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1 ... a1=Q+2. B:a1 Ka23. Bb2 Be4and wins the white B next move.
I don't think so.If the black king tries to attack the h4 pawn, then the black king goes to f4 and moves to g3 whenever the black king reaches h5. The white king can always go back to guard the b1 square before the black king reaches it. Meanwhile the white bishop moves back and forth from b2 to a1, guarding both a1 and c3.
Can you smell the zugzwang? I would play a1Q almost without thinking about it, though the kingside pawns give me just a tiny bit of pause until I can be sure white can't move his safely:1. .....a1Q2. Ba1 Ka23. Bb2 g6 and white must either give up the bishop or the h-pawn right now, and the bishop on the next move anyway.
1. ... a1Q+!2. Bxa1 Ka23. Bb2 (forced) g6... and we have a zugzwang situation - white loses his Bishop both after 4. Kd2 Kxb2 and after 4. h5 gxh5 5. Kd2 Kxb2.
a2-a1-Q+BxQa1Ka2Bb2g7-g6and white lose bishop +=
daThe road to success is the a2 square:1. ... a1=Q!2. Bxa1 Ka23. Bb2 g6and white is in zugzwang.
Opposite-colored bishop endings are notoriously drawish, but not always drawn. (I've lost a few, so it's a lesson I've learned the hard way.) In this particular case, white lacks room to maneuver. Black can stifle him even more with this line :1- ... ; a1=Q+ (the idea is to free up a2 for black's king.)2- Bxa1 ; Ka23- Bb2 ; g6And now white is in zugzwang. Moving either the king or bishop causes the bishop to drop, while playing h5 gives black an attractive passer (and does not resolve the zugzwang).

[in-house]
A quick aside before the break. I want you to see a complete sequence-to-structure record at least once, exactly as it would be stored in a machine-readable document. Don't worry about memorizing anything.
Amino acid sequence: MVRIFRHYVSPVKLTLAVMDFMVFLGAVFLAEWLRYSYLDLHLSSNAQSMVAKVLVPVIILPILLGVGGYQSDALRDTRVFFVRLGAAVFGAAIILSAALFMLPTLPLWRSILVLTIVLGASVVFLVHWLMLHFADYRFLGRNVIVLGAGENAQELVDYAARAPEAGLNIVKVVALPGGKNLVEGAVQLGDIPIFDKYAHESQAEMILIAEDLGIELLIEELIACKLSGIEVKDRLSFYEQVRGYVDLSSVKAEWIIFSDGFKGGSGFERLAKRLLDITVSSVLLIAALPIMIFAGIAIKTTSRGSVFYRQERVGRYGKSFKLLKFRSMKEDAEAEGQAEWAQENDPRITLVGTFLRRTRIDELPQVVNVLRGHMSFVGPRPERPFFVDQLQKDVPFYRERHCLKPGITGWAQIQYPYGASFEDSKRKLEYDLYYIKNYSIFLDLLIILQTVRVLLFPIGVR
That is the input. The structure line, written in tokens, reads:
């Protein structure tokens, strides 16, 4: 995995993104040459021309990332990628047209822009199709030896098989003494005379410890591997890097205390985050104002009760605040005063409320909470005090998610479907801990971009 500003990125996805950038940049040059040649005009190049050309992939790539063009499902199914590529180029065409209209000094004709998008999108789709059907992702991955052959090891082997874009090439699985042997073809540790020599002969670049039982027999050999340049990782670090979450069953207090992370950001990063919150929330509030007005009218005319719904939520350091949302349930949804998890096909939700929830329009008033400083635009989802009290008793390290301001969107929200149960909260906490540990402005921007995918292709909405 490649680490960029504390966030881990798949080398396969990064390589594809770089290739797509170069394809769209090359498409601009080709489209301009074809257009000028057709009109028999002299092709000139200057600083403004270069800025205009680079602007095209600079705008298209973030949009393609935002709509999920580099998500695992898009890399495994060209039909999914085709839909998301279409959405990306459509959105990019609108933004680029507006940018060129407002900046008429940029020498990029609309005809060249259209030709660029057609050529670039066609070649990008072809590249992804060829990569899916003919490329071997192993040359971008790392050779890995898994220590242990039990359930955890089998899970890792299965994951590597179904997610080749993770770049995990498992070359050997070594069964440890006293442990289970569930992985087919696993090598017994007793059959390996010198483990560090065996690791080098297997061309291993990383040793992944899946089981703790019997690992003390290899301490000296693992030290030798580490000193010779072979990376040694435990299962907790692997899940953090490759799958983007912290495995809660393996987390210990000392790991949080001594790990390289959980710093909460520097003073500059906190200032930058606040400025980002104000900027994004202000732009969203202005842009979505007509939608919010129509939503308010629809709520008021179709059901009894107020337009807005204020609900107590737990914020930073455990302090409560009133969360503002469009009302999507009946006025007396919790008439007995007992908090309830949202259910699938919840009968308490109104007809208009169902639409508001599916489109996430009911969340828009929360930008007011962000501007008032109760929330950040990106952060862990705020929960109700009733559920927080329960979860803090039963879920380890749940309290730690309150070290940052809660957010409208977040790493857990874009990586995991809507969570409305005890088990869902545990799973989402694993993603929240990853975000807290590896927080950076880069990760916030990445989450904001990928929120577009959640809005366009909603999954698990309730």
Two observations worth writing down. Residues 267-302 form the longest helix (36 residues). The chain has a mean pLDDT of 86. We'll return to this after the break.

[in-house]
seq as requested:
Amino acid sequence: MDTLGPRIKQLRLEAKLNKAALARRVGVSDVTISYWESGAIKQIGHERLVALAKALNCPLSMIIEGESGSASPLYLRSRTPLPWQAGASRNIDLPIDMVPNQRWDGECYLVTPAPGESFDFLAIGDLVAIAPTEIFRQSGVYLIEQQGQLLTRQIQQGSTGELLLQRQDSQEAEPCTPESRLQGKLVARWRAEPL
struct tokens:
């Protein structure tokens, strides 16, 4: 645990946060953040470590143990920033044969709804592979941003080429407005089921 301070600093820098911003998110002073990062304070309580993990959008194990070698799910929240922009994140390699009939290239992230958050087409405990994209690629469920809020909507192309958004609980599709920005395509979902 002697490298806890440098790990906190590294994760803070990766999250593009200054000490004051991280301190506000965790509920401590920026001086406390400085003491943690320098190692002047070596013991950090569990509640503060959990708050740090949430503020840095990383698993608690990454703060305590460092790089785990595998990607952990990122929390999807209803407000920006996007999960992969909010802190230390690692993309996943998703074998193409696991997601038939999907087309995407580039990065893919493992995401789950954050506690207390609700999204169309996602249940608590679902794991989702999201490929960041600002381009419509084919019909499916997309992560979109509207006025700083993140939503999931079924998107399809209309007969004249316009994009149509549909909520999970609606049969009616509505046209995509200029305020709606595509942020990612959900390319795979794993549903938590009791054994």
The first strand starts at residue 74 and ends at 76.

1…a1 (Q)+!! 2.Bxa1 Bg6! 3.Bb2 Ka2 Zugzwang! 4.h5 Bxh5 5.Kc2 Bg6+ 7.Kc1 Bd3 and wins! Zugzwang again!White loses his bishop.Kamalakanta
Maybe a Zugzwang... somehow, it seems to me that if black manages to get his King to a2 instead of a pawn there could be a Zugzwang if the king side pawn where blocked. Meanwhile, if the white bishop gets to a1 and the white king gets to play his moves, where would the win be?It is therefore time for action:1. ...a1=R (just for fun since white has to take, right?)2. Bxa1 Ka23. Bb2 (forced) g6! Zugzwang: The white bishop can't escape. If the white king moves, the bishop falls and if the h-pawn moves it is captures and the Zugzwang remains.
Unable to find something brilliant here. But win for black anyway looks quite straightforward.1. g6 Ba1 (only move)2. Ka4 Kb23. Bb1 Kc1 (forced)Now Black king can race to grab the h4 pawn. If White king tries to protect the h4 pawn instead, it will leave a way open for Black king to reach a1 and grab the Bishop for free.
1...a1=Q+！ 2.Bxa1 Ka2 3.Bb2 g6
1. ... a1=Q+ 2. Bxa1 Ka2 3. Bb2 (3. Kd2 Kxa1) 3. .. g6
To get some kind of attack here, black must necessarily make a sack first:1. a1=Q! Bxa1 (enforced)2. Ka2 Bb2 (enforced)3. Bg6 (funny) h5? (alternative below)4. Bh7! Kd25. Kxb2 Ke36. Kxc3Since white has not Kd2/Kd3, so he can not keep c pawn without giving h pawn, that is no better. h5 pawn is now weak, black wins easily.3. ... Ba1Best solution to the zugzwang problem may be to sack back right away. But no permanent solution, though:4. Kxa1 Kc15. Ka2 Kd16. Kb3 Kd27. Bh7 h58. Bf5There still is no Kd3 for black, either c or h pawn must be given, black may resign now.
1. ...a1Q+ 2.Bxa1 Ka2 3.Bb2 g6 zugzwang
Promotion to Queen, Bxa1, Ka2, Bb2 and now just g6, zugzwang for white.
Oh my! I thought that the c3 pawn protects the b2 biship!
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